paul's solutions and suggestions will quite obviously save a lot more money and electricity than the utilities' suggestions.  trouble is: paul's suggestions require actual changes instead of just buying a different box at the closest GigantiCorp Megamart.  it's been mentioned before that this is low-hanging fruit.  CFLs make some sense for those who are unwilling to give up their bad lighting habits.  unfortunately, that's a very large majority of the U.S. population.  those same folks aren't willing to wait a day for their laundry to dry, and they likely aren't willing to care where their shit goes so long as they don't have to handle it.  if they can buy a contraption that saves a little water or electricity or prevents some pollution or captures some nutrients, some of them will happily and sanctimoniously go for it.  but if it's in any way an inconvenience, the odds of adoption plummet.  and, paul, wouldn't you agree that most of your suggestions for saving energy do require some inconvenience?

    one problem with the incandescent ban is that it paints with too broad a brush.  for a small part of the population, CFLs won't make a significant difference in electricity consumption, and those folks shouldn't be forced to use them.  certainly not the first time that a group of people got shit on by too coarse a regulation.  but it's a numbers game, and it makes more sense from the utilities' perspective (and the legislature's) to cater to the larger group with bad habits than to the rare folks who make it their business to actually decrease consumption.

    the utilities could instead send out literature about better habits, but I just can't imagine that would make an impact just yet.  a cultural change is necessary broader than what the utilities can easily affect.  a large and savvy media campaign might have some impact, but those aren't generally cheap.

    a time may be coming when energy prices rise high enough and incomes fall low enough that such a cultural change will come about without propaganda.  then paul's ideas and others with real substance will come into their own.  until then, CFLs are a reasonable way to mildly mitigate an irresponsible culture's irresponsible energy consumption.
                                


    Joined: Dec 15, 2010
    Posts: 105
    paul wheaton wrote:
       

    My power company advocates that I convert all of my lights to CFLs.  They tell me that I will save huge amounts of energy by doing this.   Because of what I know about CFLs (as outlined in my article that this thread is about) there are two important points:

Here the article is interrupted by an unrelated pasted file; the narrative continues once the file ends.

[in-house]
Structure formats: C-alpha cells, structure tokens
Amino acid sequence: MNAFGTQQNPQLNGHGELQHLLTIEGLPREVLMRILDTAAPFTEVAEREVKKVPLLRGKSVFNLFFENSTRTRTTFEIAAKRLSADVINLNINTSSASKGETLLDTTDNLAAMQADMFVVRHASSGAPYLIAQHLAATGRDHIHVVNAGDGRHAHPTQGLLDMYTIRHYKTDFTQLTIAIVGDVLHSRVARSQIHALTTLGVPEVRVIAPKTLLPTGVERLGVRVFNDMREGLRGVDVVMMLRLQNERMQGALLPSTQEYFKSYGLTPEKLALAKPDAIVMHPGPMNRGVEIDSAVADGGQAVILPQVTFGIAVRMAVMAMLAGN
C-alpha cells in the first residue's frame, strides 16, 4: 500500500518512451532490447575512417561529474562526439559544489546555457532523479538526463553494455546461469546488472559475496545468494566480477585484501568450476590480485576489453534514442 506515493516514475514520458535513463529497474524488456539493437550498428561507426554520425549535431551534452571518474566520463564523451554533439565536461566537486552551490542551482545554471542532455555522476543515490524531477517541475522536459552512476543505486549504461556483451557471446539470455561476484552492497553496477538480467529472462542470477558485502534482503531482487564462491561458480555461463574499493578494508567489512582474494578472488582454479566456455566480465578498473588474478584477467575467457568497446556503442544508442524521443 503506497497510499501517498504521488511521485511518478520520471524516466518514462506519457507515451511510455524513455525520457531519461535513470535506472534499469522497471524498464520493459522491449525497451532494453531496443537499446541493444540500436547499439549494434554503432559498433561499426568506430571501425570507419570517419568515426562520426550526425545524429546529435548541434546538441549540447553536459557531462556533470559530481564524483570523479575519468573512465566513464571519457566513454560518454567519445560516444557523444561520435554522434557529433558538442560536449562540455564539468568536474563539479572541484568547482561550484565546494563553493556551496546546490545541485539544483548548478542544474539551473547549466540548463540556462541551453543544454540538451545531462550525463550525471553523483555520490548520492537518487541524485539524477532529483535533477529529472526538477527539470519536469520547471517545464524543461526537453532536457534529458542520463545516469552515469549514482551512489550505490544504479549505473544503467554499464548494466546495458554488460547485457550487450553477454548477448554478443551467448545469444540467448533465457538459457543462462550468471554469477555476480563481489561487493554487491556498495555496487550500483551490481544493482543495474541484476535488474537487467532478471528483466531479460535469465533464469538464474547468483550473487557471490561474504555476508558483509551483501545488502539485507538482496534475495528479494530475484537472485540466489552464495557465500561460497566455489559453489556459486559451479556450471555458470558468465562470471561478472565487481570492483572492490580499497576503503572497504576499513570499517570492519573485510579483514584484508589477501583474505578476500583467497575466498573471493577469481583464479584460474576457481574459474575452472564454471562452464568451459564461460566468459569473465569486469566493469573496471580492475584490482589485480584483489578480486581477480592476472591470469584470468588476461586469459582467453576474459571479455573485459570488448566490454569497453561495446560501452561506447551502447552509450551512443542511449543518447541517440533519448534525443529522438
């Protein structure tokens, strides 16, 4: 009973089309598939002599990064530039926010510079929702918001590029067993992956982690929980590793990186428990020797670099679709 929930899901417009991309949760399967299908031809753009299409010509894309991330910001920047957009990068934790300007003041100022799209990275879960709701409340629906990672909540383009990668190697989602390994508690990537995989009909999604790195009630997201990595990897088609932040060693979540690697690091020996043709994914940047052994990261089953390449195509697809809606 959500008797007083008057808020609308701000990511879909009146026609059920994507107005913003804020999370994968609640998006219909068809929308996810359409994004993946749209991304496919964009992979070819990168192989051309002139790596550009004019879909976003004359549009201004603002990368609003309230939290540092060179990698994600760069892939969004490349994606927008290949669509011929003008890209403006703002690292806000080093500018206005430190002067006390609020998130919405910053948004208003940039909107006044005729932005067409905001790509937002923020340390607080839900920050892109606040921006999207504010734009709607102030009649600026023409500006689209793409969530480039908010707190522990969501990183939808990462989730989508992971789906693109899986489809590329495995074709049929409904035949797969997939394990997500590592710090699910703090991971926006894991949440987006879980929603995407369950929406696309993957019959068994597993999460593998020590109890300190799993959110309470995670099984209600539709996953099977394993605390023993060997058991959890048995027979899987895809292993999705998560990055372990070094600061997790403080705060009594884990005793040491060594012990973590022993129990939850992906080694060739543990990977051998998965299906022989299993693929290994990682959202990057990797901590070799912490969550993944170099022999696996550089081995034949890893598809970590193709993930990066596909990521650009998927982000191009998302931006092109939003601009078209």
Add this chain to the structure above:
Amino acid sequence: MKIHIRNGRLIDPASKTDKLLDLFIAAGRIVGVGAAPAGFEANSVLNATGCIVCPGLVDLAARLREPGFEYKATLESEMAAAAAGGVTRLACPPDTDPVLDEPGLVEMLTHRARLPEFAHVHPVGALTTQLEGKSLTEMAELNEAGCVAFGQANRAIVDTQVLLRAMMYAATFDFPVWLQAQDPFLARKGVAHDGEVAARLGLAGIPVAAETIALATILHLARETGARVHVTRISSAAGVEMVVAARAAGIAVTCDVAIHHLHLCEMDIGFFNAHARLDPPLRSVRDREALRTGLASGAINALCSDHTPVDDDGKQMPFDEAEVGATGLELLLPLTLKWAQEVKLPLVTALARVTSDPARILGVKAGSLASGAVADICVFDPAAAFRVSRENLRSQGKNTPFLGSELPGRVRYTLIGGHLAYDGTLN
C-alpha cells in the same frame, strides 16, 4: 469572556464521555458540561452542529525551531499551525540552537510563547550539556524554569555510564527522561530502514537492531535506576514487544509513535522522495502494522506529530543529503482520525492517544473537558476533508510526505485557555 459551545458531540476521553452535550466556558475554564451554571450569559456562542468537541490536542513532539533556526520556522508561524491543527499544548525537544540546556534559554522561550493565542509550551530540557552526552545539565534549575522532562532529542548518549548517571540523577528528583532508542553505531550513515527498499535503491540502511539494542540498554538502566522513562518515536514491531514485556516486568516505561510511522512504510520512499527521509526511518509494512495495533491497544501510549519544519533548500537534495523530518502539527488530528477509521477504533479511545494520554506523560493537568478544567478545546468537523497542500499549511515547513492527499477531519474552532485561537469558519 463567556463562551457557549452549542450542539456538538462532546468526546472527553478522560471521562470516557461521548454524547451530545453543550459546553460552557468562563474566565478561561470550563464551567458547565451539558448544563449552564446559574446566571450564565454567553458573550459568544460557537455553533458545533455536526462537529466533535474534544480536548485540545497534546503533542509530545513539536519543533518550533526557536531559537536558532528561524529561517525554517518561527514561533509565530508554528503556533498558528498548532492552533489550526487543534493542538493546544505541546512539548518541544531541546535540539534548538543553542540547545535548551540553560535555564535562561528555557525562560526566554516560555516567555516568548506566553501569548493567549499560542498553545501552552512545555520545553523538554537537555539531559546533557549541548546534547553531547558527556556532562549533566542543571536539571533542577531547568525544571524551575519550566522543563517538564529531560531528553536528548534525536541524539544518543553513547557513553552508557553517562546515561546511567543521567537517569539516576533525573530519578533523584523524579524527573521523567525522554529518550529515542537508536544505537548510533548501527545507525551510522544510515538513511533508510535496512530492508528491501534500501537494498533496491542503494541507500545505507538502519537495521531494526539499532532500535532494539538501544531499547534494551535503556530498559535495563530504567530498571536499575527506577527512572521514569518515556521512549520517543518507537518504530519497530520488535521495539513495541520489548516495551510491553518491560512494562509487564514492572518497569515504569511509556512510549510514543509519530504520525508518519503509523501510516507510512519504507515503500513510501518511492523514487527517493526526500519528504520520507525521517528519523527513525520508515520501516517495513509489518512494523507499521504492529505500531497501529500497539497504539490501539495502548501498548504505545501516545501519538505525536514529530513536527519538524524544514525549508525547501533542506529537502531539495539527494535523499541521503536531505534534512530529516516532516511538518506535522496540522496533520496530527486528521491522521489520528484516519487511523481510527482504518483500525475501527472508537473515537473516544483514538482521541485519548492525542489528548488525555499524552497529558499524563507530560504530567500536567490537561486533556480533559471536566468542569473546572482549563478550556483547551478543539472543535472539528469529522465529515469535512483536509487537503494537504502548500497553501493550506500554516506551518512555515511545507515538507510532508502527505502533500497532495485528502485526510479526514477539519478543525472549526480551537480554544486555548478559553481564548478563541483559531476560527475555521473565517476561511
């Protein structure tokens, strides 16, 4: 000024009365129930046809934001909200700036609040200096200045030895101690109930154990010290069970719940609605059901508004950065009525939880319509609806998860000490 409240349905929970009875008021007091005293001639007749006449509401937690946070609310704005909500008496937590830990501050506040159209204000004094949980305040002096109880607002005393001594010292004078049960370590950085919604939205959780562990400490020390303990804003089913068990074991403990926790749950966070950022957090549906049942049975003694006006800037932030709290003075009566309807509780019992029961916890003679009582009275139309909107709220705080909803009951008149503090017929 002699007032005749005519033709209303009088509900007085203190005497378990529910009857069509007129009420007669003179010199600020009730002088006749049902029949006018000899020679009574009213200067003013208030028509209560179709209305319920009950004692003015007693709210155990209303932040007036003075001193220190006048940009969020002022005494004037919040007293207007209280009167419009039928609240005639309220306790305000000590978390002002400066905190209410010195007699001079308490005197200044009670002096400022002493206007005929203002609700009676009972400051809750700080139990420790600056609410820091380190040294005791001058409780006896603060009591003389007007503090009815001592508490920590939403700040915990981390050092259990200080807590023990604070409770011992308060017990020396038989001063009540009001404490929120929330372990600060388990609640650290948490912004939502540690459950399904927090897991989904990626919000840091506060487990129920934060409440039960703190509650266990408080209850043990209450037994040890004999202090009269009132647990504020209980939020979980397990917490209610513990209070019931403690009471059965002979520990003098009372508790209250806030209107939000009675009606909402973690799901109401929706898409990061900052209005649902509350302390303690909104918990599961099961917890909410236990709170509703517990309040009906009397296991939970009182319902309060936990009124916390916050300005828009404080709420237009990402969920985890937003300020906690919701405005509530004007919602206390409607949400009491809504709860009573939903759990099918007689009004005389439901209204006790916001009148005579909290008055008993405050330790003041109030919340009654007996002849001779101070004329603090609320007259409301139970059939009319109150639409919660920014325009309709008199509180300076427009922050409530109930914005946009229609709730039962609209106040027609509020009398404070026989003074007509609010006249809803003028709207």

1)  my overall energy savings would be less than $10 per year.

    2)  due to all of the details I point out in the article, the lights that are on for a short time would be really dim.  And for the first 30 seconds, I suspect that the energy cost per lumens might be the same as incandescent.  And I further suspect that the bulbs will burn out much faster than the incandescents, despite what the label says.



    My personal experience would dispute both of those points. I can not speak directly to the savings per month but can attest to our 4 person house having a lower monthly bill than my single person hose did when I was using incandescent bulbs.

    I can say without any doubt that CFL's have given me a VAST difference in life cycle, a not even comparable difference, we are talking months vs years of operation. This however does not go without saying that IMHO incandescent life cycles have dramatically gone DOWN over the years and while I would say in the 70 and 80's yearly might be the replacement rate by the time I made the switch it was after actually dating bulbs to monitor and seeing 90 days or less out of most incandescent bulbs. I would not be even a little surprised to find out that was by design to drive folks to CFL's from within the industry.
                          


    Joined: Nov 30, 2010
    Posts: 53
    paul wheaton wrote:

    If the power company said "Hey buddy, if you have incandescent lights that you are leaving on for four or more hours at a time, then you could save money by switching to fluorescent" then that would make sense.   And it would be true. 



    you forget most attention spans are not that long its the 15 second sound bites that sells 30 seconds are really pushing it. 35 seconds they have changed the channel
                                  


    Joined: Jun 20, 2010
    Posts: 34
    I have a friend is very chemically sensitive.  He can not use CFLs because apparently the plastic they use in the ballast is one that off-gases alot.  I'm sure they could make them out of a better quality plastic.

    The extra energy usage in an incandesent bulb is heat.  These little guys produce a lot of heat, which is not too big of a deal in a cold climate.  Where I am currently living most home energy use is for cooling and adding more heat into a home is creating even more energy use to cool it back down...

    Just some food for thought
    John Polk
    steward

    Joined: Feb 20, 2011
    Posts: 6675
    Location: Currently in Seattle. Probably moving 1 hour north by end of the year.
        
    139